Dreamtime: You Need It To Grow

February 20, 2009

You’re a marketer, a manager, a small business operator trying to handle a dozen different chores, or maybe you’re toiling in some corporation and hoping to climb the ladder.

No matter what you do for a living, I bet I can describe your day: Rush in, fire up the computer, check your schedule for the day’s tasks; have a meeting or two; get rolling on the stuff that’s piled up since you last left. Grab a quick lunch. Maybe read some back stuff that’s been untouched for a while. Back to work.

Suddenly it’s over and you’re joining the commute back home.

Any dream time in there? Not likely.

The result is that you’re a kind of drone, spending all your time on tasks, instead of creating or thinking. This has always been a problem with industrial society, but it’s become even bigger in the modern world with all its gadgets that can occupy your time.

But if you want to grow as a person, a business operator, or in your career, you’ll need to take some time each day and spend it dreaming.

Ideation, problem solving, thinking, mulling — dreaming — is what your job is really all about. It’s the strategy part of your life: The rest is mostly just implementation and follow through.

Here are several tools to use when you want to build dream time into your daily life:

Self hypnosis: This isn’t the stuff of stage shows. It’s really just extreme relaxation — a flow state, or “being in the zone” that allows the subconscious mind to go to work, usually in a very visual way that’s almost like a movie running in your head. But instead of simply watching the movie, you can be the director, using it to address a specific problem or subject. In self hypnosis, you carry on a conversation with your subconcious, which is always working, whether you realize it or not. Often this subconscious is a kind of mental avatar that helps you work out a solution to a problem, or simply lets you be creative. If you decide to try this, it’s best to be hypnotized first by a professional so you can get into a hypnotic state quickly.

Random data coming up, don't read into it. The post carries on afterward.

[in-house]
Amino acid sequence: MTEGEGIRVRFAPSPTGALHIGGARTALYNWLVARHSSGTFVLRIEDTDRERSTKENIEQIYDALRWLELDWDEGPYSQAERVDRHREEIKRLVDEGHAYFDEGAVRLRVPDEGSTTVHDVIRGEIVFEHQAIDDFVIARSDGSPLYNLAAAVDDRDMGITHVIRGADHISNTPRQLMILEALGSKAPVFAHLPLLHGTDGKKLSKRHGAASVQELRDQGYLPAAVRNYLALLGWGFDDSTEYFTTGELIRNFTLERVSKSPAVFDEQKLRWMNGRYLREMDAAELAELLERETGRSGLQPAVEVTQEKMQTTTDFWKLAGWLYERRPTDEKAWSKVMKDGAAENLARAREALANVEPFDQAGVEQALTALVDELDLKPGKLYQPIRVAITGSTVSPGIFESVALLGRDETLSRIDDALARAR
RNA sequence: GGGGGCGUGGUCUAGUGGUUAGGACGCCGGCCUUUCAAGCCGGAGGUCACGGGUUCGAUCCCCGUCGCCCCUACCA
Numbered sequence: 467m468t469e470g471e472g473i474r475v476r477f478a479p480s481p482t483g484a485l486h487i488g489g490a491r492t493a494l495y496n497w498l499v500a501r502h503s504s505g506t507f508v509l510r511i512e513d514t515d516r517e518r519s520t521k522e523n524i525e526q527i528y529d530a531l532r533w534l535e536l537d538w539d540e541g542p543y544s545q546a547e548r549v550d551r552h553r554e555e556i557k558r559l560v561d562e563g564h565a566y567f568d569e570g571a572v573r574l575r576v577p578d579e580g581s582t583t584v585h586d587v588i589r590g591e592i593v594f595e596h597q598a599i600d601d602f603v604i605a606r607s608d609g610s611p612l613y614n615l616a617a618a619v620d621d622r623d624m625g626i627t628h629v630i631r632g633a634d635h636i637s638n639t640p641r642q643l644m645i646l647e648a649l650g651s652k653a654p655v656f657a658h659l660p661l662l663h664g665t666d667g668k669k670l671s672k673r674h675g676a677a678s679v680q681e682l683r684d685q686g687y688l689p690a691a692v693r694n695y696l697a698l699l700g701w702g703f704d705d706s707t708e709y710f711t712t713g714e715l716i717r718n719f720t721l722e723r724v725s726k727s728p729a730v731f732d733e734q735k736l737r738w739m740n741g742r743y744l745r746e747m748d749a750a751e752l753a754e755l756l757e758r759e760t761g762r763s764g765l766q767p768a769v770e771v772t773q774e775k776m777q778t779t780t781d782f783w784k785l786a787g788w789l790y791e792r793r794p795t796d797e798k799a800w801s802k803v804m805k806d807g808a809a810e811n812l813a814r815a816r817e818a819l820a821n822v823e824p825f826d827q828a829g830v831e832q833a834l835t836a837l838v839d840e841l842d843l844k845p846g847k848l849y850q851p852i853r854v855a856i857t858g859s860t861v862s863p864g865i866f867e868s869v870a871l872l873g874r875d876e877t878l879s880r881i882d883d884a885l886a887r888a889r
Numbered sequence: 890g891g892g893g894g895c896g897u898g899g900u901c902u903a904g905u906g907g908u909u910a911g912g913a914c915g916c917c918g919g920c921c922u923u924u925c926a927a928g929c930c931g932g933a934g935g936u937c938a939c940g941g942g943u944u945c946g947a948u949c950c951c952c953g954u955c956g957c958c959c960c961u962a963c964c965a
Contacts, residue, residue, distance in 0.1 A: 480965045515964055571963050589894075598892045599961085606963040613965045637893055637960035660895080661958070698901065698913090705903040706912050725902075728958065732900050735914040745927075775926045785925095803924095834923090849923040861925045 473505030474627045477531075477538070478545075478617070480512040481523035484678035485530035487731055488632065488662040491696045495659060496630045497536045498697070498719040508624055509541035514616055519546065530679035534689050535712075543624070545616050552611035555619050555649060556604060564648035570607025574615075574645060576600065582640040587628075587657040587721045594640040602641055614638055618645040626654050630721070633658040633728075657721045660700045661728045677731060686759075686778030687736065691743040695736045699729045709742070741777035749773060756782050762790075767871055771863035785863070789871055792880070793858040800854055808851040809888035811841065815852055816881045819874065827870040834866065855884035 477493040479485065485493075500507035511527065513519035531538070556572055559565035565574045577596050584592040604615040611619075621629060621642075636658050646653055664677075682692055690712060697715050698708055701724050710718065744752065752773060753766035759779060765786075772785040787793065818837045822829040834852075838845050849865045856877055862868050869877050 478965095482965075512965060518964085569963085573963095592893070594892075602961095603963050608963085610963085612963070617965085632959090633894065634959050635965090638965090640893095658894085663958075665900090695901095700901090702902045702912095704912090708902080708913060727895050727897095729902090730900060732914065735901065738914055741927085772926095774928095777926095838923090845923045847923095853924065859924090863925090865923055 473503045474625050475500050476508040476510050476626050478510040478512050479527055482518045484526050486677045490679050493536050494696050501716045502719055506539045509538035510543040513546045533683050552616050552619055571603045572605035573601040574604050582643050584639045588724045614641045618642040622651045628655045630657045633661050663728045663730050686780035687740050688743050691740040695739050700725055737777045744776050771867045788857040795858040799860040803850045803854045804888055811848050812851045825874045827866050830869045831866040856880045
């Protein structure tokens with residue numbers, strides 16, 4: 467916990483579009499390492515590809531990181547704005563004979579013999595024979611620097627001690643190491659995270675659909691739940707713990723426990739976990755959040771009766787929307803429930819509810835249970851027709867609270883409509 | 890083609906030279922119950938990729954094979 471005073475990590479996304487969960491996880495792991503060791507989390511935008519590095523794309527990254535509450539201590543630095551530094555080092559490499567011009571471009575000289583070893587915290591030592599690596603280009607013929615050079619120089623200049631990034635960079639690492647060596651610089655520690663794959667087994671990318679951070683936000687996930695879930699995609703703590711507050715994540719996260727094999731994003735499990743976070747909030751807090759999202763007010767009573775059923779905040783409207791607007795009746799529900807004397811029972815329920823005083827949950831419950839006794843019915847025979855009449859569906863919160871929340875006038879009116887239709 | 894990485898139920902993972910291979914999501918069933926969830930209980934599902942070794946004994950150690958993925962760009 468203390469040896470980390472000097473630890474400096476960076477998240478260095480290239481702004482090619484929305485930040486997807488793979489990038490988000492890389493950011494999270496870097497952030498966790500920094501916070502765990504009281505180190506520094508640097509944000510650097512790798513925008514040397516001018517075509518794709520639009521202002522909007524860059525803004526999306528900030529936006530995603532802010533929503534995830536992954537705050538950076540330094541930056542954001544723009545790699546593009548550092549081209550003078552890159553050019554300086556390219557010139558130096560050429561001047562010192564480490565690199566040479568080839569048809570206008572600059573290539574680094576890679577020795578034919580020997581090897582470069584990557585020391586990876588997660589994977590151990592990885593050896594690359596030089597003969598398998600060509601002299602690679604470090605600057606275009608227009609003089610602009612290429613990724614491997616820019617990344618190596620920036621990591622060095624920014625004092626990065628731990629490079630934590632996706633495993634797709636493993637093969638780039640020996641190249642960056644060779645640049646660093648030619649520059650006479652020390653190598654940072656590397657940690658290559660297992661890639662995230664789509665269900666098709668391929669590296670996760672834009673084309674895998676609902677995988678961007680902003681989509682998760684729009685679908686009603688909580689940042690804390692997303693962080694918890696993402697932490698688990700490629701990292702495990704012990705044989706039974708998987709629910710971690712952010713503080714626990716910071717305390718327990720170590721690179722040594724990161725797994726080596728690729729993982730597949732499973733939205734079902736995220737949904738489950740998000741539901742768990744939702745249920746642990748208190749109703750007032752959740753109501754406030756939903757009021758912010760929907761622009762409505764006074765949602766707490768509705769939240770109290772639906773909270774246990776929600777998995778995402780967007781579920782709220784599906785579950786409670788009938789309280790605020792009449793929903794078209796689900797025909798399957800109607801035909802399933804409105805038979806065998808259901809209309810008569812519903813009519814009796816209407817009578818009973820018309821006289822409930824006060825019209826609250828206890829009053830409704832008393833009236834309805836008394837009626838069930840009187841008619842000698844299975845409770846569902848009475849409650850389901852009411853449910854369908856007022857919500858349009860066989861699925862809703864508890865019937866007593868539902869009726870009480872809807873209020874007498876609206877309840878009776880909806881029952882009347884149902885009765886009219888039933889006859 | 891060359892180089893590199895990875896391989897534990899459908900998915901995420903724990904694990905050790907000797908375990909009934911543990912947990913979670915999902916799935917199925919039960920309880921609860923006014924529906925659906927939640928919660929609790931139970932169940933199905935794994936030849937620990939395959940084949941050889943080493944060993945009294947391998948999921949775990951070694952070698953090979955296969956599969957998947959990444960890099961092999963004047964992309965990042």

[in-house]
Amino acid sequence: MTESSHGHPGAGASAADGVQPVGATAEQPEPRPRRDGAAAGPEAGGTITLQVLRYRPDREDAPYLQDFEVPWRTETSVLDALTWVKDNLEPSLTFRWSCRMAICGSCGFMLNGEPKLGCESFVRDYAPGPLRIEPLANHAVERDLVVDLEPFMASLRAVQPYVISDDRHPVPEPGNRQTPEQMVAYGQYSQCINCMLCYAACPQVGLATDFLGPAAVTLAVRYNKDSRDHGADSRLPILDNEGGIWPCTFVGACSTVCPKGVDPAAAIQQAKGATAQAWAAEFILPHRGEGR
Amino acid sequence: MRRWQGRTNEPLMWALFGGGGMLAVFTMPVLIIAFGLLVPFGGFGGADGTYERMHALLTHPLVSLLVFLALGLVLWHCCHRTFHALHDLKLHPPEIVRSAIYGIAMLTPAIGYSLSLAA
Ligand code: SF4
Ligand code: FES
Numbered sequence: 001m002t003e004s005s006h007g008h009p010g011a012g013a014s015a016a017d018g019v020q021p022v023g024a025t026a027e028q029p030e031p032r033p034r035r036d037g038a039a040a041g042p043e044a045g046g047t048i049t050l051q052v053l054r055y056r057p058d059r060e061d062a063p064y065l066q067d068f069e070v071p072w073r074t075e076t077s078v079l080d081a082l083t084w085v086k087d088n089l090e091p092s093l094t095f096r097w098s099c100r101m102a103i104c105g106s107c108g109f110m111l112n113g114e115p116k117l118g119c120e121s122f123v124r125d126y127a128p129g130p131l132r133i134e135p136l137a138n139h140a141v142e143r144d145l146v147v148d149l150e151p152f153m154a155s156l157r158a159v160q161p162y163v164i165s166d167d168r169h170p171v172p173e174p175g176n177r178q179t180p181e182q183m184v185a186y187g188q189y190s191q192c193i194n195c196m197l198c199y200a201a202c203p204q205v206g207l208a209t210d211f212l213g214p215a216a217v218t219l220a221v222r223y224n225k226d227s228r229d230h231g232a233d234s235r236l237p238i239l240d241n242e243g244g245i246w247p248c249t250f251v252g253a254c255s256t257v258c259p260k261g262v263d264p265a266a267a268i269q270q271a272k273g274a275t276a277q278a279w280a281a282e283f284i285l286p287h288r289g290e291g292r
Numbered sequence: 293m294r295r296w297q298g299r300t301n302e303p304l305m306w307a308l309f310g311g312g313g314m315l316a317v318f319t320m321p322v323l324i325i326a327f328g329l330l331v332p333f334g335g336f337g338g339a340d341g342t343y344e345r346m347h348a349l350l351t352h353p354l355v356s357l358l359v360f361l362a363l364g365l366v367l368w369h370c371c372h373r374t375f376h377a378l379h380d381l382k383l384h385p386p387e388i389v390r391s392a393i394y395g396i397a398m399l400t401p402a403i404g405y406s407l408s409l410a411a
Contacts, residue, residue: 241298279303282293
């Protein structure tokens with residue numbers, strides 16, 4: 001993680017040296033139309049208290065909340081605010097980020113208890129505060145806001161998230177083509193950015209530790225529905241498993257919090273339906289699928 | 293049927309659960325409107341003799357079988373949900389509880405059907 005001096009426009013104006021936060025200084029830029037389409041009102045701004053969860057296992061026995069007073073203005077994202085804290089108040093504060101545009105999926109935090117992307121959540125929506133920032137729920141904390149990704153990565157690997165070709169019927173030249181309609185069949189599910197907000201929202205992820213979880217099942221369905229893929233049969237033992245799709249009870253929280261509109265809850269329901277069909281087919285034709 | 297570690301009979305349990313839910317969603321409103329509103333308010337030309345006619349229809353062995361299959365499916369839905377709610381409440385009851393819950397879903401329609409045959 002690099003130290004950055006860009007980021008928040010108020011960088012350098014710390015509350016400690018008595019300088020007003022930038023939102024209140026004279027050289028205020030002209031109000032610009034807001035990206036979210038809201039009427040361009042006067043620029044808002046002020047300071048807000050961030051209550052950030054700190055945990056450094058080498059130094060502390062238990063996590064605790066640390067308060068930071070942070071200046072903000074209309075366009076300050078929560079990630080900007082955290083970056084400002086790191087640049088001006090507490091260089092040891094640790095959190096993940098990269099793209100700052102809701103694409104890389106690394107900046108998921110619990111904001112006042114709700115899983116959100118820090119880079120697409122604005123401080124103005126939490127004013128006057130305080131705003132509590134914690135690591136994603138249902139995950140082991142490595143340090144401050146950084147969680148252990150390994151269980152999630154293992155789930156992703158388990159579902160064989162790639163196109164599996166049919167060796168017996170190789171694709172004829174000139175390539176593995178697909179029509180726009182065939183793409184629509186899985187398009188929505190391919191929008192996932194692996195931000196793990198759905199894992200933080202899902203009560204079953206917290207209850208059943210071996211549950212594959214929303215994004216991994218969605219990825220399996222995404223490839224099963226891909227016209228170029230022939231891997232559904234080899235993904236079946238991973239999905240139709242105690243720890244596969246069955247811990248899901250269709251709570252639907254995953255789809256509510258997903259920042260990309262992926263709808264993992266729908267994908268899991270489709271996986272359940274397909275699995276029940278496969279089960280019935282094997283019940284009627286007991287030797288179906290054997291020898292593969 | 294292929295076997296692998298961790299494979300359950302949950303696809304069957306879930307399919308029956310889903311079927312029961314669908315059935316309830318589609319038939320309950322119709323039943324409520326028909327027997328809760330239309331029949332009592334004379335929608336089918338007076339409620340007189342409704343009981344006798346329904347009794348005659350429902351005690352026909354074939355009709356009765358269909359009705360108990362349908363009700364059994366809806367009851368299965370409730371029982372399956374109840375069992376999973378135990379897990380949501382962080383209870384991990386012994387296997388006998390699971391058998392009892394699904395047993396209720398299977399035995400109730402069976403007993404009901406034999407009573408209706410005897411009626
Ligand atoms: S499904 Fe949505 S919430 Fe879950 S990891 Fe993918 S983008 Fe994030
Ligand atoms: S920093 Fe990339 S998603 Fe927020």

Meditation: Many people like this, especially now that yoga’s popular again. Meditation is in a sense the opposite of self-hypnosis in that it lets you “empty your mind” so that thoughts can just bubble up to the surface. You’ll never completely empty your mind, of course, because the mind doesn’t like to be empty: it’s wired to solve problems, so will immediately work on anything that’s bothering you. But meditation allows those thoughts to rise to the surface and often dissipate. It’s a way of clearing the mind of negatives or clutter.

Exercise: Many people pick a time during the day when they can run, walk, work out, or whatever they do for exercise. But not many convert it to dream time. It’s suited to it though, because in most exercise you are going through repetitive actions that don’t require thought, which frees up your mind for other things. I’ve known several poets, writers, and others who do their best work when they’re exercising: all have shared one thing. They direct their mind to a specific task. So stop watching others while you’re working out, and start dreaming.

Creativity techniques. There are many creative thinking techniques that can be employed if you simply let yourself use them in quiet moments, or dreamtimes. To do so, you have to put yourself in a creative state: calm, uninterrupted, and open minded. This is what the athletes call in the zone, or what cognition experts call a state of flow.

The main thing with any of these methods is consistency. It’s difficult to dream at first because you’re not used to it, but like any muscle, the brain responds much faster if it’s used regularly. So, yes you’re probably busy, but you have to keep using your dreaming muscles if they’re going to work optimally.

You’ll find after a while that it responds quite rapidly when you’re ready for your dream time.